Yesterday’s post was meant to explore the role of authority in HE teaching. As you may have noticed, there was no post yesterday. This is due to exhaustion.
I love teaching, and I am very fortunate that I am teaching subjects and themes that complement my current research. Not all teaching fellows are as lucky as I am. Nonetheless, when it came to putting pen to paper, or rather, fingertips to keyboard, on Wednesday night, I found that I simply did not have the energy.
This week was my first full week of teaching. I
- Led 13 seminar groups of 12 students each
- Delivered 2 lectures on new topics
- Wrote 2 (additional) lectures on new topics
- Worked through mountains of administrative paperwork
This was in addition to:
- Continuing preparation for my upcoming workshop on Network Science in Historical Research
- Completing 2 funding / fellowship applications
- Meeting with the departmental post-doctoral reading group
- Continuing my current research project
- Continuing to write up my previous research project, and
- Having my departmental photograph taken
Not to mention little things such as eating, sleeping and acknowledging my family and friends still exist.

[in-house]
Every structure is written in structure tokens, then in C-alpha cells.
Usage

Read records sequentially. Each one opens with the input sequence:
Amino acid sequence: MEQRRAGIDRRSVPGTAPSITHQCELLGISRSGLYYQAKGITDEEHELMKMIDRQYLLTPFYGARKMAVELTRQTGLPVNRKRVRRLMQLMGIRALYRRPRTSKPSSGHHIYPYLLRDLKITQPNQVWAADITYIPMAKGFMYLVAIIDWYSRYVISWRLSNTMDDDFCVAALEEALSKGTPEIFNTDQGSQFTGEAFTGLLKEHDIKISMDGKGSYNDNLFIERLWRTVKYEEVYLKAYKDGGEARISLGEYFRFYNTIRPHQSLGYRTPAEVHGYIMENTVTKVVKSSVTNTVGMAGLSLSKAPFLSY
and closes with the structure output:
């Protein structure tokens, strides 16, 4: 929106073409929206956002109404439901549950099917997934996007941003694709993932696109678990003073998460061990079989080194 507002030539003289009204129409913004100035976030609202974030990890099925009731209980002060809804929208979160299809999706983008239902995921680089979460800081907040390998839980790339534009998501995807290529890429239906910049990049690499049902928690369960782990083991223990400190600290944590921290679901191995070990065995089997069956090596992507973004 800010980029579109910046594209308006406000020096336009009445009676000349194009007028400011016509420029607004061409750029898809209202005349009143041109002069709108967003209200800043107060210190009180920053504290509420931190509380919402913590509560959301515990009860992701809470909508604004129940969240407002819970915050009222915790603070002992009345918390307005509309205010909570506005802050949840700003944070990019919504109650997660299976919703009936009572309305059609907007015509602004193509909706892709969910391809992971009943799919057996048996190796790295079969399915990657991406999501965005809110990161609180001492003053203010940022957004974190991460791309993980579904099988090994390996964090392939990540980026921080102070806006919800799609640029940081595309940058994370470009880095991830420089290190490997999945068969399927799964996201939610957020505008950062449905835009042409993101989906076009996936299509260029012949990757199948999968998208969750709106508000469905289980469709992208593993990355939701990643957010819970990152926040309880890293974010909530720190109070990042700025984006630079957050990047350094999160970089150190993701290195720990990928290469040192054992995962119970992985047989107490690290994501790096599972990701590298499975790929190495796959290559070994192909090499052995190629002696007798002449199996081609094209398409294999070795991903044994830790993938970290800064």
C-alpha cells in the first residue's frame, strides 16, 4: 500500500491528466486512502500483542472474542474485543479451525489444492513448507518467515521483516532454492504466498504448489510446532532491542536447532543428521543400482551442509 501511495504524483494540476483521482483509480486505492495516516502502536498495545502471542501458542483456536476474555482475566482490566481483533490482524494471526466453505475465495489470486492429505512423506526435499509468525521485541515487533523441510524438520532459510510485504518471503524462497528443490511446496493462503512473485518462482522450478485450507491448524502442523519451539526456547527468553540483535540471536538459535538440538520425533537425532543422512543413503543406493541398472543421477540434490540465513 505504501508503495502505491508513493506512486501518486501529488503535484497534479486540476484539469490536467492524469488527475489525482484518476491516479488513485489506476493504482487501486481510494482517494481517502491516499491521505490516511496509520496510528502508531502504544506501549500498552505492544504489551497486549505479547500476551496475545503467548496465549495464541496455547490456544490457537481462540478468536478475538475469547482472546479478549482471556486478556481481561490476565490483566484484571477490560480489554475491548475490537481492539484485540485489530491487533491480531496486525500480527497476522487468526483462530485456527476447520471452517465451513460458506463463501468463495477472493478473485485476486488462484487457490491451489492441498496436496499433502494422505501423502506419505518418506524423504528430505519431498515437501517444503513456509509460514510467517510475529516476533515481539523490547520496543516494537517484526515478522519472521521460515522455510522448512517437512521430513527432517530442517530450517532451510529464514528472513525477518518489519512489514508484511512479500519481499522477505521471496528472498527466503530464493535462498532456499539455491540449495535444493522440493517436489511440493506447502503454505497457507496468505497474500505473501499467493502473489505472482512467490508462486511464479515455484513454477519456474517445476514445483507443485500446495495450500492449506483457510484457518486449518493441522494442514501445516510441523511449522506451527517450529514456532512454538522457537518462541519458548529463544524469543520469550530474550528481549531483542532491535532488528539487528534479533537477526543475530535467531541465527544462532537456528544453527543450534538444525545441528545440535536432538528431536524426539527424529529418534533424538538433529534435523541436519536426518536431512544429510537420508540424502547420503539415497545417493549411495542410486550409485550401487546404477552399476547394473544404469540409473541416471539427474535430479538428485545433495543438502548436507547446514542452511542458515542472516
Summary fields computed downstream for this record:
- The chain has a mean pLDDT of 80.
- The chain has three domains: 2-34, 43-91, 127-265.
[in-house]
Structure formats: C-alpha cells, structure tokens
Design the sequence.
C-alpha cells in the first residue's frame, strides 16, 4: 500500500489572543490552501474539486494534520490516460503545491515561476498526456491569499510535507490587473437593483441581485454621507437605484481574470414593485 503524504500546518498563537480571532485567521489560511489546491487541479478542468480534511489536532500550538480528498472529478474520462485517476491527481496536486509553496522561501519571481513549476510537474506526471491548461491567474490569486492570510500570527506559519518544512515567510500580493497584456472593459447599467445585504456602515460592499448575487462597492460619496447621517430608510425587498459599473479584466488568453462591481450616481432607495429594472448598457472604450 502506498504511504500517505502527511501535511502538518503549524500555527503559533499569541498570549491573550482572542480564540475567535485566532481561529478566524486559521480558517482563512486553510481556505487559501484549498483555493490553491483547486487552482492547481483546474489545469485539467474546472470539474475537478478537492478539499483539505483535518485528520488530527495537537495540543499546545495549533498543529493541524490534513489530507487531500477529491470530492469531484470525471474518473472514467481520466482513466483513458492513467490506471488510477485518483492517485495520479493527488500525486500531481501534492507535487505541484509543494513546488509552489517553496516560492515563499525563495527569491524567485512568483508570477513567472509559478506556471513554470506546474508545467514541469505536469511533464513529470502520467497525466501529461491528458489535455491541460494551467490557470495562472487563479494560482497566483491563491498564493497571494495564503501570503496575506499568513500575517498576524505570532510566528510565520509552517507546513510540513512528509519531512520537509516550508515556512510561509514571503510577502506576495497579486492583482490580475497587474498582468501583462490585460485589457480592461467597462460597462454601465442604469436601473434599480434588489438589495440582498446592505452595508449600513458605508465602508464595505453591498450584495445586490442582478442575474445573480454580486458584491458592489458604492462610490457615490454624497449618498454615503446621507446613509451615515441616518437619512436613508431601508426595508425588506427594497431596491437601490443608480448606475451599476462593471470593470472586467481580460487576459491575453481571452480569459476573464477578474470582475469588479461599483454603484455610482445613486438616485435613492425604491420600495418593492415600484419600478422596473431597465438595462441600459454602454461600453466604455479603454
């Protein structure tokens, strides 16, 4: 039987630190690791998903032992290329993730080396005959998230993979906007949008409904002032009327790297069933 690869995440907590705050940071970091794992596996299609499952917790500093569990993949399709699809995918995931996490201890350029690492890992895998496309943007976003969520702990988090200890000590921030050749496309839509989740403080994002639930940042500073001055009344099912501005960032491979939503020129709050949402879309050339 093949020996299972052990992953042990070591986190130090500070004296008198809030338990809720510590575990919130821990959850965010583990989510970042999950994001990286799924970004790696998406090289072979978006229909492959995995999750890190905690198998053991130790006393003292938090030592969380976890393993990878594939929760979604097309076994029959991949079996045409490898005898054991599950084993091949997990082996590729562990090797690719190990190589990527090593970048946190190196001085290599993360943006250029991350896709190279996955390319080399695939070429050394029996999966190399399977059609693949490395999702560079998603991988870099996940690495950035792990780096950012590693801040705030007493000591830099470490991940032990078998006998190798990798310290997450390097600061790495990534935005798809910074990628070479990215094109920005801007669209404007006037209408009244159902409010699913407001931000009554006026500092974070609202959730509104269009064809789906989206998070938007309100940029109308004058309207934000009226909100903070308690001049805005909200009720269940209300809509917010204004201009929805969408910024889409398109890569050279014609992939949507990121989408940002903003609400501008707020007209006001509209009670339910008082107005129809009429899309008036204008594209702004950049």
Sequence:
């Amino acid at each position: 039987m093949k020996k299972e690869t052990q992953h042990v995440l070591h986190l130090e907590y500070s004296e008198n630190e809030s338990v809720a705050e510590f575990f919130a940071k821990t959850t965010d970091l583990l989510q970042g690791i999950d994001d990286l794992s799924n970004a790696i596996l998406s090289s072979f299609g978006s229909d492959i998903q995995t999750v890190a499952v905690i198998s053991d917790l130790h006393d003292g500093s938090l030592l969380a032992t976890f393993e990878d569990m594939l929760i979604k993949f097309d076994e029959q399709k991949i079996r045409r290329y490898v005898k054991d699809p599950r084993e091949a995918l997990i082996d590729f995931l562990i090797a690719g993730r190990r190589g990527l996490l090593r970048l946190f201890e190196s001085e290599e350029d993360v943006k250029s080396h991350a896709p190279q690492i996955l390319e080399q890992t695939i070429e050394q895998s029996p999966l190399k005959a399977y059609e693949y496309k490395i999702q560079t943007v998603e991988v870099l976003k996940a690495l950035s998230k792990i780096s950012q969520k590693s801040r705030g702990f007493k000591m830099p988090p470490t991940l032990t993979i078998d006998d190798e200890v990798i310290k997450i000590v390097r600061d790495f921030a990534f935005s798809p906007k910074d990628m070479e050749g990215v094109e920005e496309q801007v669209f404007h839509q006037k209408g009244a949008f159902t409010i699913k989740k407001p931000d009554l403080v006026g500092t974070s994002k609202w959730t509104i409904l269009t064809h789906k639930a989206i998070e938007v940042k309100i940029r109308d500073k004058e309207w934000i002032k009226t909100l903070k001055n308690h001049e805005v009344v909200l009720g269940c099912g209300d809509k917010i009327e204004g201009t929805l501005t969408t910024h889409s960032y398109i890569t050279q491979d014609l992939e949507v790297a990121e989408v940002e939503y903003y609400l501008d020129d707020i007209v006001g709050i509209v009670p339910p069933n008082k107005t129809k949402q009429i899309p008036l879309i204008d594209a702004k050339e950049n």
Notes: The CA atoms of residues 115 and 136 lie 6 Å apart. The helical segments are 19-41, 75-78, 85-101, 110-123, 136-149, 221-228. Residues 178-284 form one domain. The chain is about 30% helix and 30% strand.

As I sit here, rest and recovery finally in reach, I have come to the conclusion that no matter how much preparation you think you have done in the preceding weeks or months, something will always throw you for a loop during that first week. Yet, despite the utter, crushing exhaustion, this week has taught me several important things about surviving (hopefully thriving) as a teaching fellow.
- You will have to reorganise seminar groups for at least 30% of your students over the course of the first week. Using the word ‘final’ at any stage is merely tempting fate.
- At least 50% of your down time will be spent in administration, so its best to schedule this explicitly into your schedule. Optimistically earmarking off-hours as ‘research’ will only depress you when they are spent reorganising seminar groups for the 6th time.
- Just because a room fits 10 chairs does not mean it will comfortably fit 10 people.
- The one student who admits that your module was not (remotely) her first choice will not devastate your self-esteem.
- You should never take your departmental photograph after 6 hours of teaching.
- If the seminar discussion (or lecture) has naturally concluded, letting your students leave 5-10 minutes early is not a failure.
- If you mistakenly ask questions relating to next week’s reading material, your students probably won’t correct you.
- There is always at least one name on the roster you have no hope of pronouncing correctly.
- Students expect you to hold the power in seminar discussion. You do not need to demand it and you probably won’t be able to relinquish it.
- Permanent and research staff genuinely do appreciate your efforts and will sympathise with your exhaustion.